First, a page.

This has led to rising interest in Sweden, Norway and Denmark, where issuance was dominated by relatively stable banks. “Over the last two years, the Scandinavian market has played the safe haven card quite successfully,” Langer said.
Concerns about Scandinavian banks’ exposure to the Baltic States have also been abating in the last twelve months, as Baltic economies improve and sovereign ratings were upgraded. A number of the Scandinavian banks overshot their capital ratios following the Baltic crisis, particularly the Swedish banks. “SEB and Swedbank all recapitalised after their Baltic losses skyrocketed in 2008 and 2009,” said Daiwa’s Symonds. “The stabilisation in the Baltics has left these banks sitting with strong capital positions, according to pre-Basel III requirements for minimum capital standards.”
Scandinavian covered bonds have also been characterised by the high quality assets in the cover pools. The robustness of Nordic housing markets has been crucial. Residential markets did experience a downturn, but house prices have stabilised and recovered their losses since 2008.
Tunestam cites a report published by Riksbank, the Swedish central bank, into risks associated with the Swedish housing market. It found no evidence of a housing bubble. “Scandinavian covered bonds will continue to be sought after by international investors as there is no cause for a major setback in the residential housing market from a fundamental perspective,” Tunestam said. “Sweden has a very buoyant and strong housing market, demand is much higher than supply due to low construction.”
Investor discussions have highlighted concerns about the relatively high house prices, especially in Sweden and Norway. Though Sweden has taken steps to ease house price inflation, Langer believes a slight correction could be healthy for the market, though a significant drop in house prices could create headline risk.
“A large part of the price dynamic of Scandinavian covered bonds is based on being a safe haven A slump in house prices could be felt in the performance potential of the covered bonds,” he said. However, “sound fundamentals and relatively low unemployment are seen as a mitigant to the bursting of any housing bubbles.”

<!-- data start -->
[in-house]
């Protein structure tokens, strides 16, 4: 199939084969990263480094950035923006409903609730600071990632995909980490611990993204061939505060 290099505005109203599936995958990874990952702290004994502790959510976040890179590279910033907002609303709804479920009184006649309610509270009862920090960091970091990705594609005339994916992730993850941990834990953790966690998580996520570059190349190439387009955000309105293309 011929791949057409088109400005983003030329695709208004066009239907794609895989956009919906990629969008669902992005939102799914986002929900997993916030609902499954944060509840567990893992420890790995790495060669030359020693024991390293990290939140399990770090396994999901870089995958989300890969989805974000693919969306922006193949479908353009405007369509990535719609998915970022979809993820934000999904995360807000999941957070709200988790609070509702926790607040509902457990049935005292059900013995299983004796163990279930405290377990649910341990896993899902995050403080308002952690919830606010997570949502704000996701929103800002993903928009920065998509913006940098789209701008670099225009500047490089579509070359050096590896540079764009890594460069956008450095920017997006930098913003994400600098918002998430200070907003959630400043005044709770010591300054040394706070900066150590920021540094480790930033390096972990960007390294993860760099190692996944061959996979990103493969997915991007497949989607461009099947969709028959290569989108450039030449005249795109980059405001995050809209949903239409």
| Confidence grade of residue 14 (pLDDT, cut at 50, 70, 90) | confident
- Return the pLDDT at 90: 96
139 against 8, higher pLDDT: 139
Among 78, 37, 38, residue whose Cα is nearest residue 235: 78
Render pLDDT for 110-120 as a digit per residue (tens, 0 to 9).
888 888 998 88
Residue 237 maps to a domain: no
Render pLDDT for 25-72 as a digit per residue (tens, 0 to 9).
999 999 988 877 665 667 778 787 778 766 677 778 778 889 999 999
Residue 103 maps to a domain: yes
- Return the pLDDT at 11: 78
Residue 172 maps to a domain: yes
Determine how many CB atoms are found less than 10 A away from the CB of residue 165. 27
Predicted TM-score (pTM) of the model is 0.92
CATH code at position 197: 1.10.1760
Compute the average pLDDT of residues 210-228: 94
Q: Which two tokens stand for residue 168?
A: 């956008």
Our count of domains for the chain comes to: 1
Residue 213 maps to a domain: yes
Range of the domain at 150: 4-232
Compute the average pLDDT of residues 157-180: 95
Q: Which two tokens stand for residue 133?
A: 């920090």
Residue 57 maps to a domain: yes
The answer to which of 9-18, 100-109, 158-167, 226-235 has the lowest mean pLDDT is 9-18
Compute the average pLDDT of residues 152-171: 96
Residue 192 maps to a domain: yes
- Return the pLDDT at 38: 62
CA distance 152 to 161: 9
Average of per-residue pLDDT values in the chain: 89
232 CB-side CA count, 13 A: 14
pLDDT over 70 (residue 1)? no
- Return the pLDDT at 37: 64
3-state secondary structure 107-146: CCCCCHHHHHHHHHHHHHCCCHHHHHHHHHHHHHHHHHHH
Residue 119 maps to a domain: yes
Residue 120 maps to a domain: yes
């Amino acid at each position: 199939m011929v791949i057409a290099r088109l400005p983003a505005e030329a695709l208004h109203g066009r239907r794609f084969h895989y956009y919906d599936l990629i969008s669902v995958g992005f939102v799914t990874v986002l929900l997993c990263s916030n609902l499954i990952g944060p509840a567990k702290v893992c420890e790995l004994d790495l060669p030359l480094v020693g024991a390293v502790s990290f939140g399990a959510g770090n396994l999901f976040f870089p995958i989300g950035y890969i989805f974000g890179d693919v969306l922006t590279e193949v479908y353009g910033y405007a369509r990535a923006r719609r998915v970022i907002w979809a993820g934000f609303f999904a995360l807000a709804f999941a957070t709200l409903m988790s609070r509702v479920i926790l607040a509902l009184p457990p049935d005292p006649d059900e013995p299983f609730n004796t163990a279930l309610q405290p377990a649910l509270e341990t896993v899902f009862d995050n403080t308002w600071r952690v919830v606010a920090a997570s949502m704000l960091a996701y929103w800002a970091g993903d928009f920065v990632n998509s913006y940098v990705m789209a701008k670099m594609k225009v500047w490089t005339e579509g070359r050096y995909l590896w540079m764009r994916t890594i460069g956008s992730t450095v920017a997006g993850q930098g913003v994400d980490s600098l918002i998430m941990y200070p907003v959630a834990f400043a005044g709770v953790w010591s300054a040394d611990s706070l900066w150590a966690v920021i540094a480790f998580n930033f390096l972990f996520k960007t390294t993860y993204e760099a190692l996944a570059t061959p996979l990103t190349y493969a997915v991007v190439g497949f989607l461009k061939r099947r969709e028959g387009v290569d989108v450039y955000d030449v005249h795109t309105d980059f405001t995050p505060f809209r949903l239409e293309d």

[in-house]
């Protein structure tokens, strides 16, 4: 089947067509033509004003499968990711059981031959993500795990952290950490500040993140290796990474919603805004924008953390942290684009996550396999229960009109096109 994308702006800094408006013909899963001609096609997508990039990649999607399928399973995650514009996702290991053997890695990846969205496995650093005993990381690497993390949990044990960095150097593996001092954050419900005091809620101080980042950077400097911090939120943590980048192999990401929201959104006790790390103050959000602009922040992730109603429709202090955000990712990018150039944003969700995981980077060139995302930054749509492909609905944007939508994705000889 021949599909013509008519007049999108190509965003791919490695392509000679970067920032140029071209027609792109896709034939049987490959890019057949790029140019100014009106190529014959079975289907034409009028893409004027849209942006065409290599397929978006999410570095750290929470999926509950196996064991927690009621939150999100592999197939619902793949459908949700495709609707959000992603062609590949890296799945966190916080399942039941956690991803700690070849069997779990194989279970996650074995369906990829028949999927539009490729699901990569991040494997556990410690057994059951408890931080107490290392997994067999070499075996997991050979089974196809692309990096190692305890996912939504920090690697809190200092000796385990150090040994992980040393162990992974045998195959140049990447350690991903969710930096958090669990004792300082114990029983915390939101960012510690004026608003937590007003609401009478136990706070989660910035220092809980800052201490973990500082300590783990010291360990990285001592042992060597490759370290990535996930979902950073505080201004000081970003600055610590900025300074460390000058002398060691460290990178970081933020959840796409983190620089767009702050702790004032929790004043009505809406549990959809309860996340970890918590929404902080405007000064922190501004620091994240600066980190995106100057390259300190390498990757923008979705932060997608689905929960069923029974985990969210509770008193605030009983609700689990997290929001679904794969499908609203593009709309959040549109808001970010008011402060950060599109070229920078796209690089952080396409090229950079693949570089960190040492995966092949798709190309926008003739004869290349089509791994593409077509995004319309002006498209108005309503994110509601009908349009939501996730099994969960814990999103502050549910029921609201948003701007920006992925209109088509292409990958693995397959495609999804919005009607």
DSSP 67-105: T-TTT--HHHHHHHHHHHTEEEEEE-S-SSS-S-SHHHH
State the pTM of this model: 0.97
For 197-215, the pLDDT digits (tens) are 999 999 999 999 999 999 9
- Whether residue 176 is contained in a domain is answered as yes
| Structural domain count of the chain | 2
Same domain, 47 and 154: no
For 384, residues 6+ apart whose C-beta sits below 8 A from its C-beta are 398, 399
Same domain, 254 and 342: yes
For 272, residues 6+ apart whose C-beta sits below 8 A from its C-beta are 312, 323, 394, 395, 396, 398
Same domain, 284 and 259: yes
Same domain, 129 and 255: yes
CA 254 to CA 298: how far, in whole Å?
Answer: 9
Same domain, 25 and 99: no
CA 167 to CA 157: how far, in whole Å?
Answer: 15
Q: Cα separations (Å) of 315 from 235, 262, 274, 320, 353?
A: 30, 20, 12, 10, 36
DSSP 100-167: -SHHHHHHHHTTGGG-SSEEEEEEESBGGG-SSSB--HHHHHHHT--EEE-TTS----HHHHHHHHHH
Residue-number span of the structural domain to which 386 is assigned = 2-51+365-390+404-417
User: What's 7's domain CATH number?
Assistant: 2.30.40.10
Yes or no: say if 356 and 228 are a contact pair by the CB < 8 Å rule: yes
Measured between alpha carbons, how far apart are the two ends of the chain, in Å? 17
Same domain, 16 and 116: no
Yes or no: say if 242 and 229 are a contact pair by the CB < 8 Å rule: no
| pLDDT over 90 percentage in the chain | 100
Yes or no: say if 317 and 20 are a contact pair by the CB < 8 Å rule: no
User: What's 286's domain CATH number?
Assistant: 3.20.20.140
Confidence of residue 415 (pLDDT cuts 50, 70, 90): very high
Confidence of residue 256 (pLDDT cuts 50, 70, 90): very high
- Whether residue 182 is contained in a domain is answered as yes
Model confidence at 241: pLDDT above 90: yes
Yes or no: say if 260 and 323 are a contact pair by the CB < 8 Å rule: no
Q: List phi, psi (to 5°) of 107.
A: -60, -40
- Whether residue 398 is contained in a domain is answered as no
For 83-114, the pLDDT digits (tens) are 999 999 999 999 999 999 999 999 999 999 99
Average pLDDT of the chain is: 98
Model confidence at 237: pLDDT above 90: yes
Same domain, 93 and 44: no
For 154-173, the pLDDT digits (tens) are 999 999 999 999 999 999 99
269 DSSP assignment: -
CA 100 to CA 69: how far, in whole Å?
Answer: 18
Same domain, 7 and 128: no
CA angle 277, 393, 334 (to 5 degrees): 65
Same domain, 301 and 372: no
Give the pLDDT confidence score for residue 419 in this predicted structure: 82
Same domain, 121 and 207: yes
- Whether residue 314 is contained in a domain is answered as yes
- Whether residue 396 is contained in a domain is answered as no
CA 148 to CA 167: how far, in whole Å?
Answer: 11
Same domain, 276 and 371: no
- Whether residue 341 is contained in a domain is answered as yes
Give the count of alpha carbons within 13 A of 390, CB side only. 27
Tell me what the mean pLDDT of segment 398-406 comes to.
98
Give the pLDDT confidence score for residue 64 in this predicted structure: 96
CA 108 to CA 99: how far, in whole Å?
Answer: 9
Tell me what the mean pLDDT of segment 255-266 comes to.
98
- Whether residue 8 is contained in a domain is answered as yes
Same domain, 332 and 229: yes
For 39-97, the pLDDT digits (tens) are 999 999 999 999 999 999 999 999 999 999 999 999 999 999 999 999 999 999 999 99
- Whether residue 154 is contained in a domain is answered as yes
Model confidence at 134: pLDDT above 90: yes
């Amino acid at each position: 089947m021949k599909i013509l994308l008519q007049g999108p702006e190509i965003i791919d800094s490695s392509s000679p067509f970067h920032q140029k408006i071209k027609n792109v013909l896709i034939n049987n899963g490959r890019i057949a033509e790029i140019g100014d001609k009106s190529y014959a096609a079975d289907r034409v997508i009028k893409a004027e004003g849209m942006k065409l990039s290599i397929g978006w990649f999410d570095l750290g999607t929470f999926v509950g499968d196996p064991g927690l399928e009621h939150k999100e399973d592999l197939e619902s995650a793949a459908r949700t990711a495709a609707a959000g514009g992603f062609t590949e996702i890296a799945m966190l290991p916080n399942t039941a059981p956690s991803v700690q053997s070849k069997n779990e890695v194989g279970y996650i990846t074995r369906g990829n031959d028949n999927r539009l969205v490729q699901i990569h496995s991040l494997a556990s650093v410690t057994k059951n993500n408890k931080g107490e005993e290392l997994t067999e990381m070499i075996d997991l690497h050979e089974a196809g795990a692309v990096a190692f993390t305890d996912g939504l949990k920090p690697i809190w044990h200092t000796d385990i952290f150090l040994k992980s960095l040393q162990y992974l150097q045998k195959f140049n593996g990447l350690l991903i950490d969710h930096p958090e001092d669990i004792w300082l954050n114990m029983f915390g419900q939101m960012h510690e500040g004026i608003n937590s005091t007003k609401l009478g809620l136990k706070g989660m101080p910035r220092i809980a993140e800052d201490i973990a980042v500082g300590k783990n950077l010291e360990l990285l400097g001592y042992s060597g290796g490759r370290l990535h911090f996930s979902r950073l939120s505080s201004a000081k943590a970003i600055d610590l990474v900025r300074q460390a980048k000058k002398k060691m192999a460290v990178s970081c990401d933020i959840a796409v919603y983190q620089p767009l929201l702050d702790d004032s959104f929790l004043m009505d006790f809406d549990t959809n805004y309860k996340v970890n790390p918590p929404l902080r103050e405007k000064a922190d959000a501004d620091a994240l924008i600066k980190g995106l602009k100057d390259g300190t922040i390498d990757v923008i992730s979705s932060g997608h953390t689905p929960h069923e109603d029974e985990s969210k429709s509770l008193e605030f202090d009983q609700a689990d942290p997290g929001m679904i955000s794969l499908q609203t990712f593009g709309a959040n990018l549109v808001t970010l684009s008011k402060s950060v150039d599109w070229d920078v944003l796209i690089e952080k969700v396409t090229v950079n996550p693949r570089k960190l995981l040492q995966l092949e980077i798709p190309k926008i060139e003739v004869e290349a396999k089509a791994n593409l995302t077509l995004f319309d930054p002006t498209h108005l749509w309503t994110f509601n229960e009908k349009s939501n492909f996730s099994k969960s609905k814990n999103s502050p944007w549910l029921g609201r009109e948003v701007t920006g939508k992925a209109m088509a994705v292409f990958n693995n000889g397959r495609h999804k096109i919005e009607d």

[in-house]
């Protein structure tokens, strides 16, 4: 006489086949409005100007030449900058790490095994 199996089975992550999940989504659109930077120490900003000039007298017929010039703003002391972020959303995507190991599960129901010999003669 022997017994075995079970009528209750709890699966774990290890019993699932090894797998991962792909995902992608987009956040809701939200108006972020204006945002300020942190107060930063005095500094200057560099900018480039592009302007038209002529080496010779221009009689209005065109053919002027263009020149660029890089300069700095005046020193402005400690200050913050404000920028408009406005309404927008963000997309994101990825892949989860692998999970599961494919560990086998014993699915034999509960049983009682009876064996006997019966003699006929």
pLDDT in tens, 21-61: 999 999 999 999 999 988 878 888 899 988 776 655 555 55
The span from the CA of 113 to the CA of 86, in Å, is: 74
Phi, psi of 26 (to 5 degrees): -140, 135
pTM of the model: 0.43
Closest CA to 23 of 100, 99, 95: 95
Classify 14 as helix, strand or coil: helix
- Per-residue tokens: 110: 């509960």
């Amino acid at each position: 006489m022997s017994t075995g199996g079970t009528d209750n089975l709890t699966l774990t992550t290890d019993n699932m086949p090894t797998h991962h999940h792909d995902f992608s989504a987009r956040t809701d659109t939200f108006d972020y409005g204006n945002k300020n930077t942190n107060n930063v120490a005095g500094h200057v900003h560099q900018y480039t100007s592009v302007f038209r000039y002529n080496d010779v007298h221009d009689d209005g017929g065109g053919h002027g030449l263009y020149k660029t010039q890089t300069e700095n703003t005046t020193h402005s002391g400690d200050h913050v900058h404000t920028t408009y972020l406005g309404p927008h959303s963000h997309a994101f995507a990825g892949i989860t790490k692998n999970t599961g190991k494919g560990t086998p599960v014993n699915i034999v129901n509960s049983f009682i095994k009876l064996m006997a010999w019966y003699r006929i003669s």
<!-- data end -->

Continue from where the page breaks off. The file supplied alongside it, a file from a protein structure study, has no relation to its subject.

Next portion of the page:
Meanwhile, spreads on Scandinavian covered bonds have remained stable, exhibiting very low volatility compared to some other European markets. Spreads have outperformed France and some deals are trading significantly through French covered bonds. This is explained to a large extent by increasing covered bond supply from the French market, roughly €51bn of new material in 2010 alone, resulting in a weakening of French spreads, said UniCredit’s Hillenbrand.
Scandinavian spreads have closed the gap to Pfandbriefe, but a further narrowing is more likely to come from a widening of the German curve than a significant tightening from the Swedish or Norwegian markets, predicted Langer.
“Reception for Nordic deals is very good and we are still seeing high levels of oversubscription. However, in the current environment, some investors are looking into segments that offer more spread, such as the UK, Dutch or French markets,” added Grossman.
DNB Nor opened the market in January with a €2bn deal priced at mid-swaps plus 32bp, demonstrating the tighter pricing levels of primary market issuance. However Stadshypotek set the bar lower for the tightest priced five-year transaction from a Scandinavian issuer with its record 31bp. SEB priced its €1.25bn deal at 58bp over mid-swaps – just 1bp wider than a ten-year trade from Germany’s Eurohypo.
Finally, the covered bond markets offer a good alternatives to the region’s sovereigns, which have lower supply volumes and less attractive yields, said Lord. “Covered bonds offer a good yield pick up relative to the government bonds of Norway or Sweden. In the case of the Kingdom of Norway, new issuance is practically non-existent. You could argue yields are not the same as some peripheral countries, but the Nordic region does not have the same risks associated with it compared to many other European economies.”